Slideshare is an excellent site which allows you to both host and share powerpoints. With the growth of online learning technologies, slideshare has great potential, not only for providing materials online for students but also for collaborative work and sharing of resources between staff. One of the great benefits of slideshare is the ability to embed powerpoints in blogs and websites without the necessity for the viewer to have powerpoint software on their PC, for example this revision powerpoint aimed at our Year 9 geographers.

As well as the ability to post powerpoints used in class to support students and facilitate follow up work / revision, communities can be set up on slideshare to enable the sharing of powerpoints with a particular theme. Tony Cassidy of Radical Geography has set up a Geography Presentations group on slideshare for geographers to be able to contribute powerpoints to a central point. This has already become a fantastic collaborative effort with at the last count 78 powerpoints already having been contributed and 36 members signed up to the group. This could also be used for collaboration within a department as communities are easy to set up on slideshare. If each member of the department had a slideshare account, powerpoints could be uploaded to individual accounts and then simply shared with the relevant community.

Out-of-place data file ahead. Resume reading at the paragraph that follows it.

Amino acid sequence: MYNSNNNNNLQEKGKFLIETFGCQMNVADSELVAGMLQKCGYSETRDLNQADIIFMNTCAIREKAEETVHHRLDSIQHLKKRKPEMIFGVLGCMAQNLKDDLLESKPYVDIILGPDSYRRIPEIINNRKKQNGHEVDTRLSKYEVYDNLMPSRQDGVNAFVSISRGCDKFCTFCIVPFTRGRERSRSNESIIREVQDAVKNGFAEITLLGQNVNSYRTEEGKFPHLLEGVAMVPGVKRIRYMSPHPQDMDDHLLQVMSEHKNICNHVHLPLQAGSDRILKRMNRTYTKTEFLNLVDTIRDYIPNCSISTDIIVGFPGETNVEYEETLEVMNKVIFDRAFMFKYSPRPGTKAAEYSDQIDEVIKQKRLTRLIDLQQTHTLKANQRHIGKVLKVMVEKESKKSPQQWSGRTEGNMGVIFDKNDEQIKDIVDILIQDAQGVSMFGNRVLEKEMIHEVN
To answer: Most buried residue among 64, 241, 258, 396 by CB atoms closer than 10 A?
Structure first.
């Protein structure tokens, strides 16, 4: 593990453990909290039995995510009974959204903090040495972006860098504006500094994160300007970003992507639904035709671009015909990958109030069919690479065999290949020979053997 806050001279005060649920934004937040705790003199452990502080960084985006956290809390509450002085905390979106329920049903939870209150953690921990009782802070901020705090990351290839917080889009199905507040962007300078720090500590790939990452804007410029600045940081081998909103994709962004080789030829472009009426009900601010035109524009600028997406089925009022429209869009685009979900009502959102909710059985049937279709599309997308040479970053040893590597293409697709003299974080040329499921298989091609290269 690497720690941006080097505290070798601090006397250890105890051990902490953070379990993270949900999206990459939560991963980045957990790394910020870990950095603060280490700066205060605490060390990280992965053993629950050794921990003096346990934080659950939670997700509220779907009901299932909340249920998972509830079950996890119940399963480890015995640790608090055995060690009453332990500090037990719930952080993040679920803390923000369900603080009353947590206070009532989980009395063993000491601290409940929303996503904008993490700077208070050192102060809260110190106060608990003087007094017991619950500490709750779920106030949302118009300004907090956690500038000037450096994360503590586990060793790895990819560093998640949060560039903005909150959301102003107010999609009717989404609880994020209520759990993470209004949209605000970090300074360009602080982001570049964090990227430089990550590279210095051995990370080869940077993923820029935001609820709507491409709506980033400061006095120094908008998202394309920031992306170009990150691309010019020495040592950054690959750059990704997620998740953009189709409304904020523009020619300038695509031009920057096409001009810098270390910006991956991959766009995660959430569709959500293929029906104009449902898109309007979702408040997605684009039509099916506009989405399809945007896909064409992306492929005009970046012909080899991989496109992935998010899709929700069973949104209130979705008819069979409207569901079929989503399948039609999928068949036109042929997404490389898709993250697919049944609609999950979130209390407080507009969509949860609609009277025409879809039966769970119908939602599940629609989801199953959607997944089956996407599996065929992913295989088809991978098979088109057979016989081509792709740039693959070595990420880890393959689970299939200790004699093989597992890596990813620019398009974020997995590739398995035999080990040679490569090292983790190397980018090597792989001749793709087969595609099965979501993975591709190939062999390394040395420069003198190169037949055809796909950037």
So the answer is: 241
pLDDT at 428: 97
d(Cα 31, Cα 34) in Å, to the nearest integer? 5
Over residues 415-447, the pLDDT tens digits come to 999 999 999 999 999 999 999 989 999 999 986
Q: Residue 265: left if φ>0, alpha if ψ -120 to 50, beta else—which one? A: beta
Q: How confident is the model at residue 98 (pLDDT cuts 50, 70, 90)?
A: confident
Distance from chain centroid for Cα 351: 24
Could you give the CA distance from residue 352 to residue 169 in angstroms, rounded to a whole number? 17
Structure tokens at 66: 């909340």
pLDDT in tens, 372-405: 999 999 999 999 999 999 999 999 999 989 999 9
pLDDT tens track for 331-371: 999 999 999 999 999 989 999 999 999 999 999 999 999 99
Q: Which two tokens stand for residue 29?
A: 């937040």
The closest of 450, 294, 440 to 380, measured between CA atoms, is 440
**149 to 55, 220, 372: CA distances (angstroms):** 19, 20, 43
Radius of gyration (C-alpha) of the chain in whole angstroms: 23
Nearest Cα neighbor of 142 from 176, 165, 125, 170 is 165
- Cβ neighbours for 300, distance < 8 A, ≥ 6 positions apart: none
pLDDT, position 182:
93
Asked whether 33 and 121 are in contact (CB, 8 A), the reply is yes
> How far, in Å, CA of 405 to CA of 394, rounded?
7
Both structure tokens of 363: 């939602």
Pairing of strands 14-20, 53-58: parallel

Powerpoints can be shared with a number of communities facilitating collaboration between, as well as within departments! Copyright issues do however need to be considered carefully – I always ensure that I source / reference any photographs etc. that I use. Remember also that there are many sources of photographs that can be freely used for presentations as long as the appropriate credit is given. Geography Photos is a very reasonably priced subscription site, e-learning credits can be used and a wide selection of photographs are available for educational use without copyright worries for those that subscribe. Flickr also contains many photographs which have been made available under Creative Commons Licences – the criteria of the different licences vary and need to be read before making use of photographs, however often it is simple criteria that need to be met, e.g. non-commerical use, as long as credit is given etc.

Social Bookmarking – de.icio.us (a must!)